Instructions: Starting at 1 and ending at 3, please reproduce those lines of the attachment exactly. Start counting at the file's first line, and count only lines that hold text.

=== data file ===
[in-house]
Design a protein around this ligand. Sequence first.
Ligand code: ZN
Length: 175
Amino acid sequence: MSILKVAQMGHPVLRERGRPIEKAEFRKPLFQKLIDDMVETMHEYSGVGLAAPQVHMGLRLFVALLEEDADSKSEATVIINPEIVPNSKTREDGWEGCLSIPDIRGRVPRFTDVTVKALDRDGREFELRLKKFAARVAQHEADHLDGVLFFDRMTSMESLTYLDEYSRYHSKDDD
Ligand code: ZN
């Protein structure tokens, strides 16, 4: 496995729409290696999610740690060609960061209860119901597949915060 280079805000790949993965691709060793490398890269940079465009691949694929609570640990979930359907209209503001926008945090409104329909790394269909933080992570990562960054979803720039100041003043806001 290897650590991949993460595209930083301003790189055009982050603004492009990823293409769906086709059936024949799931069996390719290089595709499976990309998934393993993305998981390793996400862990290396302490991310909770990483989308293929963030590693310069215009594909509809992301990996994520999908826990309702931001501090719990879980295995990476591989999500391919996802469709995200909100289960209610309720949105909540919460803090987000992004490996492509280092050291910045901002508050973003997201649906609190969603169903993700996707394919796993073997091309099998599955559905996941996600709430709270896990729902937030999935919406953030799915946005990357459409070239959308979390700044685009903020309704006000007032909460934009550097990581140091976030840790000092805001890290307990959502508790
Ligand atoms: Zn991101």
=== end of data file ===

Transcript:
[in-house]
Design a protein around this ligand. Sequence first.
Ligand code: ZN